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Gmat Prep - Q49, awkward questions

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Gmat Prep - Q49, awkward questions [#permalink] New post 20 Jun 2013, 12:48
Hi buddies,

I am in the final part of my preparation for the GMAT. Some weeks ago I took the Test1 of the GMAT Prep and I did it well; I got a 49 in Quant. Yes, it was great, however there were some questions that are not typical, questions that probably you wouldn't see in the OG or that have not been mentioned in the guides. These questions more than evaluating a concept, they evaluate your reasoning or whether you can find the trap or the trick. For example, there was a question that asked to list the number of points at which a circle can intersect a triangle; I solved it well, but come on that's not a typical GMAT questions. In this sense, I answered those questions based more on my reasoning than on GMAT concepts. It is a little uncormfortable because you don't feel sure that you 're answering right. I felt that I was lucky.

Yesterday, I took Test1 again and got a 49 again. However, there were some repeated questions, so probably the score was inflated. Also, again I felt uncomfortable with those questions, which also consume time, more than 2 minutes often.

In other words, although I got a good score in the GMAT Prep, I don't feel 100% sure yet that I can get a 49 in the real exam; you know that there are additional variables in that day that could hurt your performance. So, what to do with those questions that make me feel uncomfortable?, where could I find more questions like those?, which strategy do you suggest?

Any advice will be helpful. Thanks!
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Re: Gmat Prep - Q49, awkward questions [#permalink] New post 20 Jun 2013, 13:54
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Dear Danzig,

I would say, when you are doing that well, you are in a region of the CAT where it will throw everything including the kitchen sink at you. To score that high, you have to be nailing almost everything, and when you are performing that well, the CAT will start reaching for the hardest questions in the bank (which is probably why you saw some repeats in your second take). Naturally, the hardest questions are ones that tend to disorient folks a bit and make them feel uncomfortable. Think about those question ---- you felt uncomfortable, so wouldn't it be fair to say that most GMAT test takers would feel uncomfortable on them and probably wouldn't be successful with them? That would place them among the hardest questions, and that's precisely what the CAT will give you when you are getting virtually everything else right.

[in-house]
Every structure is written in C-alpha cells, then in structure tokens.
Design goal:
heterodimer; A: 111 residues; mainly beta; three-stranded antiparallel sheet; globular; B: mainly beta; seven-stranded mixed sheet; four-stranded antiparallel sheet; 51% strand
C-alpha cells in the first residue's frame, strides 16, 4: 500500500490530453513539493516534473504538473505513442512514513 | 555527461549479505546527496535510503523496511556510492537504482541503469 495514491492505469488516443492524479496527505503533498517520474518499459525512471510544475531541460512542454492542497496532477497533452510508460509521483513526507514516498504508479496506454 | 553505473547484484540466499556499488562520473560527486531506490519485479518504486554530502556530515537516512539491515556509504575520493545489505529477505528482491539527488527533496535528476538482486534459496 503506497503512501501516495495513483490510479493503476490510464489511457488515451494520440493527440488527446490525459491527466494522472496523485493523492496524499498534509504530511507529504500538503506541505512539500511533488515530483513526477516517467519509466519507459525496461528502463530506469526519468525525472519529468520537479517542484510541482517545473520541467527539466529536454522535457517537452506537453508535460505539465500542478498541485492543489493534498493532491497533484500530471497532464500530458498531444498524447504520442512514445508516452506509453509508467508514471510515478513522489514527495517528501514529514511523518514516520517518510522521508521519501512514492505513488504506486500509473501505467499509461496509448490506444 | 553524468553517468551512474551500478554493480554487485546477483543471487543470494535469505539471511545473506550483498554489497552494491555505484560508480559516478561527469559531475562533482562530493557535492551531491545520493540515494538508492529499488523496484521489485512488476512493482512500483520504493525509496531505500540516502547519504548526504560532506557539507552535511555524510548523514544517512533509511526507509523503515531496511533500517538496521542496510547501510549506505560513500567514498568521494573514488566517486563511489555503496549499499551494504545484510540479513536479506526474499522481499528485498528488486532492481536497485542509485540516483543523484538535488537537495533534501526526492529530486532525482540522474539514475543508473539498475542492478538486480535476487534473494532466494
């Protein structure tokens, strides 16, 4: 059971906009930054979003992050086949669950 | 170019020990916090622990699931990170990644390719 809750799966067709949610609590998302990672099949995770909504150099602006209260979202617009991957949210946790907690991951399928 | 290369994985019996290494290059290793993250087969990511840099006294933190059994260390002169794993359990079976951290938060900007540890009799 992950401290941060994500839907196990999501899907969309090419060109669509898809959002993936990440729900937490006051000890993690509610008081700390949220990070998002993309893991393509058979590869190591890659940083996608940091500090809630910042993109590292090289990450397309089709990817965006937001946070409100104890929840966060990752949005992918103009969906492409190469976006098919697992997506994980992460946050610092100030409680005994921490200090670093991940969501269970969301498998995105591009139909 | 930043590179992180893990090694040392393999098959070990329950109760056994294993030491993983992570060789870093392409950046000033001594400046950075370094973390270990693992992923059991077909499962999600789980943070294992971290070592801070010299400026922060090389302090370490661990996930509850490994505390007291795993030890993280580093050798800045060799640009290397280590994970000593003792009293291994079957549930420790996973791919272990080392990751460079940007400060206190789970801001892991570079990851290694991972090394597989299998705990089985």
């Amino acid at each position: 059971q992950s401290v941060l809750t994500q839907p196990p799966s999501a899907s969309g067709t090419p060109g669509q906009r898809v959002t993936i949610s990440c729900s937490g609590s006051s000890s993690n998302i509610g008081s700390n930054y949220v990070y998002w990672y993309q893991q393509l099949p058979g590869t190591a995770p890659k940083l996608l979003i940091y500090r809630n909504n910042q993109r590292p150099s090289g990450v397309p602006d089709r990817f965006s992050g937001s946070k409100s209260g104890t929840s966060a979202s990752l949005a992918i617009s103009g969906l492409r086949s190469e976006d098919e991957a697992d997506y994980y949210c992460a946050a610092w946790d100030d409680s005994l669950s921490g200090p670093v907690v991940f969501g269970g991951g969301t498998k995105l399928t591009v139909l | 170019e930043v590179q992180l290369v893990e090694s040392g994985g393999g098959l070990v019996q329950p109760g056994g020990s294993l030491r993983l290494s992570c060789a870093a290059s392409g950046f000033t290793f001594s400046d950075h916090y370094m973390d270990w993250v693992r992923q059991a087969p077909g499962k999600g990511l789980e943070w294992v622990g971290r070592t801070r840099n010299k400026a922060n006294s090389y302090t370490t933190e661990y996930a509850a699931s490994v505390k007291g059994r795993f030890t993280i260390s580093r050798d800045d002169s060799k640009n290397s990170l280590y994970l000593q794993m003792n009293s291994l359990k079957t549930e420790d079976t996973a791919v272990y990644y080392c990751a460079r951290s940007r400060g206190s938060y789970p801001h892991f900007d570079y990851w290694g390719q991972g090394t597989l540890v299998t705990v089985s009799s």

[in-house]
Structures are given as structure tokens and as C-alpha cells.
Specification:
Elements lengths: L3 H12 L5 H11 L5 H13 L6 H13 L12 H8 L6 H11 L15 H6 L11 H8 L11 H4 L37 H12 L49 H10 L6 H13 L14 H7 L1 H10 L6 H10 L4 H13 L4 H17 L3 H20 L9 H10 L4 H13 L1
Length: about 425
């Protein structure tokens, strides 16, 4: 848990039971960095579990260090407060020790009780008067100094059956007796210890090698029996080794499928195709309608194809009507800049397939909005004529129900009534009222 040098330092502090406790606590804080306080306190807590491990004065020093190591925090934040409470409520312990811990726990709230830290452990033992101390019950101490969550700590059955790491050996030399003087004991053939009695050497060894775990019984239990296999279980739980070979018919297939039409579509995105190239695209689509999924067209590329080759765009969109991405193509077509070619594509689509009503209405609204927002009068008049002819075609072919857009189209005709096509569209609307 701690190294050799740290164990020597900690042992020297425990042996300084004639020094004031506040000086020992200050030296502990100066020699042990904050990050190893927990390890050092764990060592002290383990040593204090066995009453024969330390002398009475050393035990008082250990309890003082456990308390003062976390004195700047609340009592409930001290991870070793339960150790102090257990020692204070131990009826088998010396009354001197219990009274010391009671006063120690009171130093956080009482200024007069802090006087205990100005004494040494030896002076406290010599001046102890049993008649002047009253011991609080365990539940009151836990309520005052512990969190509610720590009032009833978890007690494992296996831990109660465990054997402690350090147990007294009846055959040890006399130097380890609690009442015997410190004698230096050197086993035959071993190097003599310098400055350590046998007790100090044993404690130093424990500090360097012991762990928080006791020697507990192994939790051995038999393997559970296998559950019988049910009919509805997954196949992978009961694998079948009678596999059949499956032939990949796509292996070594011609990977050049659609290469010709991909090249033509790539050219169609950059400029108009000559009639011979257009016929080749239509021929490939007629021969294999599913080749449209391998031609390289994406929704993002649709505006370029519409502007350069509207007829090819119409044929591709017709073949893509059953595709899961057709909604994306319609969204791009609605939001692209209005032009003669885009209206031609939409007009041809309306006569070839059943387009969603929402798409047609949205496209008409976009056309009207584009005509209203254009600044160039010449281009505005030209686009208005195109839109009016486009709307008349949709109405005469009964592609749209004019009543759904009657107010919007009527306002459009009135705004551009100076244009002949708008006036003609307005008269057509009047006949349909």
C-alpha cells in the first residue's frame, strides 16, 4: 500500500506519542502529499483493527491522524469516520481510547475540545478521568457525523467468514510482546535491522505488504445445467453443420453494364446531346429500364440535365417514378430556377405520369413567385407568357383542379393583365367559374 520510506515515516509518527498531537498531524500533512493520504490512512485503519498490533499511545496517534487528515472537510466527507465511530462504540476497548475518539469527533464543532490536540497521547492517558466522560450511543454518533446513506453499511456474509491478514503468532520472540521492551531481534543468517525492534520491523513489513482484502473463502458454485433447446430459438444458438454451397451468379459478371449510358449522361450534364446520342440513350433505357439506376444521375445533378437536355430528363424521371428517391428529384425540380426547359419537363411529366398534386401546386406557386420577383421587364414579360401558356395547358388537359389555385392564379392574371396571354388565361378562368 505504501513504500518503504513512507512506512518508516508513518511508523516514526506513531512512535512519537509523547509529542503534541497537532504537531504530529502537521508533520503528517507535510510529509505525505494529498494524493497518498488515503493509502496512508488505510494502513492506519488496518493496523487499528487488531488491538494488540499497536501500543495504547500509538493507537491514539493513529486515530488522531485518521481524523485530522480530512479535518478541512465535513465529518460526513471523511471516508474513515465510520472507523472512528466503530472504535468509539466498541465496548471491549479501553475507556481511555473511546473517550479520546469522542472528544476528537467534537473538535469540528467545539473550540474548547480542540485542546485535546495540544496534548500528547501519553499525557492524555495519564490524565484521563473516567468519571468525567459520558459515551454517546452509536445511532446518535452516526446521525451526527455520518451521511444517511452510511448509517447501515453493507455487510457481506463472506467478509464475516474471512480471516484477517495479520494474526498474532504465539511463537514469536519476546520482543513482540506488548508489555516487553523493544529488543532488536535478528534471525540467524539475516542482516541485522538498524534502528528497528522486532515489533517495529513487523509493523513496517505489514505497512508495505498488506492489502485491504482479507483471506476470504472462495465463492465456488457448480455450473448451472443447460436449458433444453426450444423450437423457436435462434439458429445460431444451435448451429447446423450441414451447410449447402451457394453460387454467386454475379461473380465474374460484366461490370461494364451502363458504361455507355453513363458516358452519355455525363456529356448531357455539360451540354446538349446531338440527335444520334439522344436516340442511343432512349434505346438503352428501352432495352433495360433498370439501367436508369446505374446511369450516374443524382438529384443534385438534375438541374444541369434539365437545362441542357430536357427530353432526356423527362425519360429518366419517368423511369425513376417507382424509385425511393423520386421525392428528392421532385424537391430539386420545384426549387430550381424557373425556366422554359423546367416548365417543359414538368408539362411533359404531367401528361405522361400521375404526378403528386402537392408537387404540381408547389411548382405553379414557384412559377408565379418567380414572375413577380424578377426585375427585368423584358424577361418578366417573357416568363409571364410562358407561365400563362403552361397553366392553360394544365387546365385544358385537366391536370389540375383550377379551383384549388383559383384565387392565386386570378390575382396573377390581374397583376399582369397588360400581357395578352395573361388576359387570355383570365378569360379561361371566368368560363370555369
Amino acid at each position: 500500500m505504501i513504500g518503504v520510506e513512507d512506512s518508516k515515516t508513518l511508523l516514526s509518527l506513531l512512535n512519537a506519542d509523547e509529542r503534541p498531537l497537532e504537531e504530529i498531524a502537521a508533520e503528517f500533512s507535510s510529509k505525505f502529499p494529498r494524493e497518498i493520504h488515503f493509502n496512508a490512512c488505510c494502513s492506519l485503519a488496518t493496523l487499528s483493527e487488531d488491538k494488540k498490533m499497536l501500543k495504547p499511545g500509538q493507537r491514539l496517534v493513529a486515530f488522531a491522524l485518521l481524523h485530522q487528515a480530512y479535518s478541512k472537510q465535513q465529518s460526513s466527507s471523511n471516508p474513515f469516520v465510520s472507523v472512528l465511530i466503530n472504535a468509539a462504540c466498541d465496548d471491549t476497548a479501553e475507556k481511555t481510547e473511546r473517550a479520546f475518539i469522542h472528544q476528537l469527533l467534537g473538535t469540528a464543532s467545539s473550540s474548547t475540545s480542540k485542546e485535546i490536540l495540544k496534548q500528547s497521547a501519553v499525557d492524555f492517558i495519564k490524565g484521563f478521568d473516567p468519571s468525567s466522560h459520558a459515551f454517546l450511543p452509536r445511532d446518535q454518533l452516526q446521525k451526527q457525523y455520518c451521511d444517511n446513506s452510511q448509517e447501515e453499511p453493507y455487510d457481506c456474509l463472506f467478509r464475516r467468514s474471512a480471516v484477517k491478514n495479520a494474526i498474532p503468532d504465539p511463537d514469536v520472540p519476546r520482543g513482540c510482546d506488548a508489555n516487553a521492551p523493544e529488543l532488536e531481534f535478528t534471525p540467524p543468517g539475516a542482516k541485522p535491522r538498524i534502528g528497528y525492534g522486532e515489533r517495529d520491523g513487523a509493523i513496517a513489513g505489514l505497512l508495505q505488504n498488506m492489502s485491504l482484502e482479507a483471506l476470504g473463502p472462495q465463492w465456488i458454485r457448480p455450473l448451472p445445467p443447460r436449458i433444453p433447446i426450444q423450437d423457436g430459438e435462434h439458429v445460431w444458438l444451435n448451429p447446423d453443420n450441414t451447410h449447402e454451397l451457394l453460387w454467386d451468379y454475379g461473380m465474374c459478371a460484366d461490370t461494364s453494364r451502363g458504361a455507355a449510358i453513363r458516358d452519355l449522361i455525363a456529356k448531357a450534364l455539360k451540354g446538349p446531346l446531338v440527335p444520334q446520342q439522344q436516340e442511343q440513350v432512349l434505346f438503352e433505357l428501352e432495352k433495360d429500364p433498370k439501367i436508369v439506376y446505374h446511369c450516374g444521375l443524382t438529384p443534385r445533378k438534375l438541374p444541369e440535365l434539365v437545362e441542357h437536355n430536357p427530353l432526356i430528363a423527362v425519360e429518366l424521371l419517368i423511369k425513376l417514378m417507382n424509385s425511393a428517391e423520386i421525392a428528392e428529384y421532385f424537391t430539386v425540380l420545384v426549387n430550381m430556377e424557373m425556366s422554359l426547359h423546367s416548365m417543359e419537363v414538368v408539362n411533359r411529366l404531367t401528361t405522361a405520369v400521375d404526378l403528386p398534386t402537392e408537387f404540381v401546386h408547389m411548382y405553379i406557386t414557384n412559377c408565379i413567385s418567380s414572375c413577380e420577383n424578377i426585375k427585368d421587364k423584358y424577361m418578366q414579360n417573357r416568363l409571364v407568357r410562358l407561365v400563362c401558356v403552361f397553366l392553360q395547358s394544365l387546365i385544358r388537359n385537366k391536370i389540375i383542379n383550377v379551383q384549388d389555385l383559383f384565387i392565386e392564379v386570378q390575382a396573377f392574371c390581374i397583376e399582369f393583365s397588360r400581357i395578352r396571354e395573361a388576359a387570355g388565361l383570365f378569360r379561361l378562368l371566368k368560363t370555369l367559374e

In some ways, what you are asking is tautological --- why do the hardest questions seem hard? If you are committed to getting an elite Quant score, then by that very fact and by the way the CAT functions, you are committing yourself to face some of the mind-shatteringly difficult questions the folks at GMAC have ever conceived, questions that, at least initially, anyone who doesn't happen to be as bright as Isaac Newton will find puzzling. Of course some of these questions make you uncomfortable!!! How focused and clear-sighted can you remain even when you feel uncomfortable, even when initially you don't know how to approach the problem ---- that's precisely what separates truly extraordinary Quant performances from merely very good performances.

Now, as far as where to find questions such as those, that's a very good question. These blog starts out with some reasonably difficult questions:
http://magoosh.com/gmat/2012/gmat-factorials/
http://magoosh.com/gmat/2013/geometric- ... -the-gmat/
http://magoosh.com/gmat/2012/gmat-math- ... binations/
The NOVA book, while lacking in any substantial explanations, does have some truly difficult practice problems.

To some extent, though, practice problems are missing the point. One of the chief factors that makes a math problem truly hard, 800+ level, is if it is so out-of-the-box that no one approaching it has every seen anything like it before. Any problem that has a recognizable form, something that folks can practice, will necessarily be at least slightly easier than a question of a format that no one has ever seen. Once again, if you are committed to scoring in the elite region on the Quant, then by that very fact, you are committed to seeing some problems that are just completely out-of-left-field, unlike anything in any GMAT practice book on the face of the Earth. A good mathematical problem solver is not phased by this ---- a good mathematical problem-solver can approach a problem she has never seen before, dissect it from fundamental math principles, and solve it. That's what you have to be able to do if you want an elite Quant score.